Australian consumer perceptions of fast food: A qualitative study

Kirsten Dunn, Phil Mohr, Carlene Wilson, Gary Wittert

    Research output: Chapter in Book/Report/Conference proceedingChapterpeer-review


    The consumption of energy-dense fast foods has been implicated as a causal factor in the development of obesity. The development of strategies to modify food choice behaviour requires an understanding of the behaviour and the driving factors. This study examined the rationale behind decisions to either choose or avoid fast foods. Drawing partly on the Theory of Planned Behaviour (Ajzen, 1988), a qualitative design was employed to examine the beliefs and perceptions associated with fast-food consumption within an Australian sample. Findings provided an indication that positive affective reactions to fast food, convenience, and self-serving cognitions may override cognitive analyses of the longer-term health risks associated with frequent fast-food consumption. Participant responses also suggested that most held a strong prototypic belief about what constitutes fast food that differed from their more considered, rational definition. It appears that knowledge about the health consequences of poor food choices provides little inoculation against ultimate choices with cognitive biases possibly weakening the intention-behaviour relationship.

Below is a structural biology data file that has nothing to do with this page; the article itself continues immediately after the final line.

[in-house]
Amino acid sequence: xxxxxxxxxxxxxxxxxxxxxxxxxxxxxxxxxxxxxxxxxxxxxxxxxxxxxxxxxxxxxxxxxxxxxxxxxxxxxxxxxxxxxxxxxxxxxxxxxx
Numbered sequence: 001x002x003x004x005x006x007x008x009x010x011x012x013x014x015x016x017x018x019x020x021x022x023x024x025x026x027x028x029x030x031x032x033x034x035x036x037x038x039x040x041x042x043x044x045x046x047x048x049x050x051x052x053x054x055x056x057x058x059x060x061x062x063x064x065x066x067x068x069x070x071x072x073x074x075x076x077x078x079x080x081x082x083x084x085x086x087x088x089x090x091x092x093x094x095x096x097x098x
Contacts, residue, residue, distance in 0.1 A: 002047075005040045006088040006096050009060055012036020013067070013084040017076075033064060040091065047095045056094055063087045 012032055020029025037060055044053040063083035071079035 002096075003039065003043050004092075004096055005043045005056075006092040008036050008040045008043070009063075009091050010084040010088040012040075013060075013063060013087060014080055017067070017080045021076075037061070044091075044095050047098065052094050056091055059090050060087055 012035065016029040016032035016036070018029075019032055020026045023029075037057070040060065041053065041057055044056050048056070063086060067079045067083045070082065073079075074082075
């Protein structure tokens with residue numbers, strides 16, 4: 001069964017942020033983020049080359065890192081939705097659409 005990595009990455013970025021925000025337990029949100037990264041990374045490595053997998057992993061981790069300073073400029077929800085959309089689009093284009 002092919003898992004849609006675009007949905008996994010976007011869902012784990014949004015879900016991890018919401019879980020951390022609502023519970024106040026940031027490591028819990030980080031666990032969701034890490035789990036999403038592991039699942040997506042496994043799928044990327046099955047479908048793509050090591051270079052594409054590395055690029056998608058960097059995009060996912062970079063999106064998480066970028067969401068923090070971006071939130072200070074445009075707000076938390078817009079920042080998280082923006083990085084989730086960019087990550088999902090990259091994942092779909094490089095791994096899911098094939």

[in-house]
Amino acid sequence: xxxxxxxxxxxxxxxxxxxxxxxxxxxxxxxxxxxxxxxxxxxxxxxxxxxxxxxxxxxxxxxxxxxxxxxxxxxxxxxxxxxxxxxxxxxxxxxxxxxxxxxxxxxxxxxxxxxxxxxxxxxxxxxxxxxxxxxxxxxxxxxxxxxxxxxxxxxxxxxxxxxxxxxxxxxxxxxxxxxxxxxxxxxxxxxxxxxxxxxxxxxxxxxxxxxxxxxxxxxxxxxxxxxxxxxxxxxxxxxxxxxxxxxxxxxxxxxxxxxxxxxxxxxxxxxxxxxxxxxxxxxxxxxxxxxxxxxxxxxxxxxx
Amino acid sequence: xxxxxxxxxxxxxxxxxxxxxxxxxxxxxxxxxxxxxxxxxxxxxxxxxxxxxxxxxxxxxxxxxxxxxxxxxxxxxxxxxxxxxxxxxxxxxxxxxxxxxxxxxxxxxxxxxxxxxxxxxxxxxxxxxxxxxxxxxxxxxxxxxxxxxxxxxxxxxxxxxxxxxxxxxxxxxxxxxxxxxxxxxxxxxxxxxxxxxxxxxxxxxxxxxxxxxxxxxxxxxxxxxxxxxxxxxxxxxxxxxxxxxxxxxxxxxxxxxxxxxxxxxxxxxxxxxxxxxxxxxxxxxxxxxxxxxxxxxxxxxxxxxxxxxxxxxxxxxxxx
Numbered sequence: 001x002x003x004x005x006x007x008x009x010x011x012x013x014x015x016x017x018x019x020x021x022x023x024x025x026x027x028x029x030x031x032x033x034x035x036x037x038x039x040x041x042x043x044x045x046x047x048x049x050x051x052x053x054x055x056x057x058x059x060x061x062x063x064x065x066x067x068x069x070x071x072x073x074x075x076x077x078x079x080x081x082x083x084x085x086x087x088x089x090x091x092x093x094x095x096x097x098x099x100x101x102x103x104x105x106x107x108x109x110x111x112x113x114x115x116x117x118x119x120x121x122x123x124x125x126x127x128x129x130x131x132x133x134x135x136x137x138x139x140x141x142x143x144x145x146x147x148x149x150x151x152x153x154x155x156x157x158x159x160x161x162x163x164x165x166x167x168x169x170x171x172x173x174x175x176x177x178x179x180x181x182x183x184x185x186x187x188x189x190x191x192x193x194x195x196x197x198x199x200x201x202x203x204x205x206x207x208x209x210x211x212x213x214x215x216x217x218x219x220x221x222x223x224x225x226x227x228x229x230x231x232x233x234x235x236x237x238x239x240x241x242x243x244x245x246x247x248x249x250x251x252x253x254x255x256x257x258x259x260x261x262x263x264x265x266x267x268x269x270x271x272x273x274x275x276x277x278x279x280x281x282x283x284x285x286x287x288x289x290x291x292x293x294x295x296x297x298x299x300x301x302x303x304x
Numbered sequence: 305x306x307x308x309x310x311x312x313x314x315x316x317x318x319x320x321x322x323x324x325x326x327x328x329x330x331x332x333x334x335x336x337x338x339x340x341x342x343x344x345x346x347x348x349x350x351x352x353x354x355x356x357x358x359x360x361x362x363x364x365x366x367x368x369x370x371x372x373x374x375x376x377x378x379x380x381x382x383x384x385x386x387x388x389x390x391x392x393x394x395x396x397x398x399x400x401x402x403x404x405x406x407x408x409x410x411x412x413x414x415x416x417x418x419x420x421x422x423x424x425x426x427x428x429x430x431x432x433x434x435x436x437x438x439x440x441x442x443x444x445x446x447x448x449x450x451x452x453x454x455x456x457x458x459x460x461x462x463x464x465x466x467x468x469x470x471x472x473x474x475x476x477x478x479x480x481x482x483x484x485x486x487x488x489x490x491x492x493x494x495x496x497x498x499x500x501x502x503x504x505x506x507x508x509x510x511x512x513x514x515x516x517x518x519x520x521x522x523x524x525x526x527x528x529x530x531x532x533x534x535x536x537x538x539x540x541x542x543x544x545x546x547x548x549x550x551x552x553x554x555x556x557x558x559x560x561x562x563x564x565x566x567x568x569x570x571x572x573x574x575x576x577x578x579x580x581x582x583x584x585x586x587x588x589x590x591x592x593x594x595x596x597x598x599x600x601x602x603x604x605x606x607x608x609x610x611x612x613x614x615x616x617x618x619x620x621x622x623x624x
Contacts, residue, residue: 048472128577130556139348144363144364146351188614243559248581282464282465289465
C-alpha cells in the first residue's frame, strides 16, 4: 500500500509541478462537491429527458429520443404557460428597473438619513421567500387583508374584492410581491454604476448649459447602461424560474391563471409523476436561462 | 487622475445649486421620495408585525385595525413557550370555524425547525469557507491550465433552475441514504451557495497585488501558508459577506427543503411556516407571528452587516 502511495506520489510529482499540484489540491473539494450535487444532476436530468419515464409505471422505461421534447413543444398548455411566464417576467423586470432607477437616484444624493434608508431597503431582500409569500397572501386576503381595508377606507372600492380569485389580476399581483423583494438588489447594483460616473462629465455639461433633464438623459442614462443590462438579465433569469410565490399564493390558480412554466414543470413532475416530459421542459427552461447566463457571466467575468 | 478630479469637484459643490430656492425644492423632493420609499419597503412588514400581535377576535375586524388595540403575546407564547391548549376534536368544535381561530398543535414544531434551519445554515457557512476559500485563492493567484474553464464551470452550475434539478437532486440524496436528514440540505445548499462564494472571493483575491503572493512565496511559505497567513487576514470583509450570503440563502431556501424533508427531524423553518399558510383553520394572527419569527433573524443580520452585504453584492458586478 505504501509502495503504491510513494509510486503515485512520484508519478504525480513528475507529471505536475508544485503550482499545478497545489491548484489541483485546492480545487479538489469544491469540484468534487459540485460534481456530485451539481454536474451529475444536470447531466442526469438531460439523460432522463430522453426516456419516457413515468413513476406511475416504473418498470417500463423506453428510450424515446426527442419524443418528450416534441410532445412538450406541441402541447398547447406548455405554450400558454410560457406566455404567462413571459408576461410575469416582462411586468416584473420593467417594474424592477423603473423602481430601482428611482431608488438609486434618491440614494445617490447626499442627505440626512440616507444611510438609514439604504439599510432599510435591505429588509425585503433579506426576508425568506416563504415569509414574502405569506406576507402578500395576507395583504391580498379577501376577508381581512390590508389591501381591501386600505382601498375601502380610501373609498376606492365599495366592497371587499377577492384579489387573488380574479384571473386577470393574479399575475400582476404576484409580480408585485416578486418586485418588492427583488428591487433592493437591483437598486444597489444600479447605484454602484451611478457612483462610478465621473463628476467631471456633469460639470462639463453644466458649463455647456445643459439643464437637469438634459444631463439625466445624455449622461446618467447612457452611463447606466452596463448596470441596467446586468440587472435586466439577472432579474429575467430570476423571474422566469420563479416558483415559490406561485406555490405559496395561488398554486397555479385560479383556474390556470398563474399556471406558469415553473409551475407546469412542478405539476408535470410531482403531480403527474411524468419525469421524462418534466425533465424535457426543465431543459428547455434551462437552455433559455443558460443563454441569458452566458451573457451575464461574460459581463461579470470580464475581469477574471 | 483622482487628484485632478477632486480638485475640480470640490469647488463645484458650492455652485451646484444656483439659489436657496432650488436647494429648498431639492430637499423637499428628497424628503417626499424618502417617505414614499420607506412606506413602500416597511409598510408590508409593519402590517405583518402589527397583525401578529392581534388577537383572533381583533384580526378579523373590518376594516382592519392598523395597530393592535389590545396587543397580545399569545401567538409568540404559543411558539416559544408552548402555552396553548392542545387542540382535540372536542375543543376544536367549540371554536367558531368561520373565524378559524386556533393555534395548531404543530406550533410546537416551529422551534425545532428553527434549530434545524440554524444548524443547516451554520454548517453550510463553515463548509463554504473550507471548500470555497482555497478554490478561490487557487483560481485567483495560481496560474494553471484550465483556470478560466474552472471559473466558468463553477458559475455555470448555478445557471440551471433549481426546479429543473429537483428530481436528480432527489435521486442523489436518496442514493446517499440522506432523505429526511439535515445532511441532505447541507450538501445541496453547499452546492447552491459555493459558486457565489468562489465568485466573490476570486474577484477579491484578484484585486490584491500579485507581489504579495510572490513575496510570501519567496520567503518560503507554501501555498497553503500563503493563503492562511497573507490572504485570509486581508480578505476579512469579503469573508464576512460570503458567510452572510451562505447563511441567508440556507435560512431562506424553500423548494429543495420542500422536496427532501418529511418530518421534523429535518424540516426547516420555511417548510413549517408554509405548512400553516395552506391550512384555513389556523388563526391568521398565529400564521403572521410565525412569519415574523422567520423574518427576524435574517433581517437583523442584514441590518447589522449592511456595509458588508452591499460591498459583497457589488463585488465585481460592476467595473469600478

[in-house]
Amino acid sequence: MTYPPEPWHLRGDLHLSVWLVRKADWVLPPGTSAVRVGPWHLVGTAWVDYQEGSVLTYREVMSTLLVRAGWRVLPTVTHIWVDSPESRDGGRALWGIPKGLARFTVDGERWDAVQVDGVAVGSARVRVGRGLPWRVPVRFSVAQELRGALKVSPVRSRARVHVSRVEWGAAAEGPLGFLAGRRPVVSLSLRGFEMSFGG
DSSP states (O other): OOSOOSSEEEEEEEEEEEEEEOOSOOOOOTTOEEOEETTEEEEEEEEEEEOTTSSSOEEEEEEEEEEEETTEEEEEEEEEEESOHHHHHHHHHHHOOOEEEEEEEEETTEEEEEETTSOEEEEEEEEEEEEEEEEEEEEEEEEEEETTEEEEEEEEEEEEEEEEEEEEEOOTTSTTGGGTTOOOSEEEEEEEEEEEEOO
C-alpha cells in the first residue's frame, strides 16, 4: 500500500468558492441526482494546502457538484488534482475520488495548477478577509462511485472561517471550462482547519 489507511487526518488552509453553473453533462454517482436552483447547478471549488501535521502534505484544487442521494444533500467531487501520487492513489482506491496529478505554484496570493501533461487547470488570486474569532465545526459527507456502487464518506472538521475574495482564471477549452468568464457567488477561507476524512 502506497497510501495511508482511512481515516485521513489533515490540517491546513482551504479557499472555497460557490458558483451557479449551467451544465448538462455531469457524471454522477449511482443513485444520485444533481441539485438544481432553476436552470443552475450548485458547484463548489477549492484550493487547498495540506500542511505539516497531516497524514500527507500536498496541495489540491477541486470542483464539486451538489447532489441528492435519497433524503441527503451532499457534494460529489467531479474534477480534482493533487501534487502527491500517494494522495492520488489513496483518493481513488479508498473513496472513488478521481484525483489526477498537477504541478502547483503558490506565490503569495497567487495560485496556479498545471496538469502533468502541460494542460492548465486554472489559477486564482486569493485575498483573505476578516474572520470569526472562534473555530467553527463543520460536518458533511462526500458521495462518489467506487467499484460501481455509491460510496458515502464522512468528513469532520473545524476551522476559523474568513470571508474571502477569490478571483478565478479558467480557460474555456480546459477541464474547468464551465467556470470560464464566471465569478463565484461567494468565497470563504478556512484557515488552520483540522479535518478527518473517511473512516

Original languageEnglish
    Title of host publicationChocolate, fast foods, and sweeteners: Consumption and health
    Subtitle of host publicationConsumption and Health
    PublisherNova Publishers
    Number of pages14
    ISBN (Print)9781608763252
    Publication statusPublished - Feb 2011


    • Attitudes
    • Fast food
    • Theory of planned behaviour


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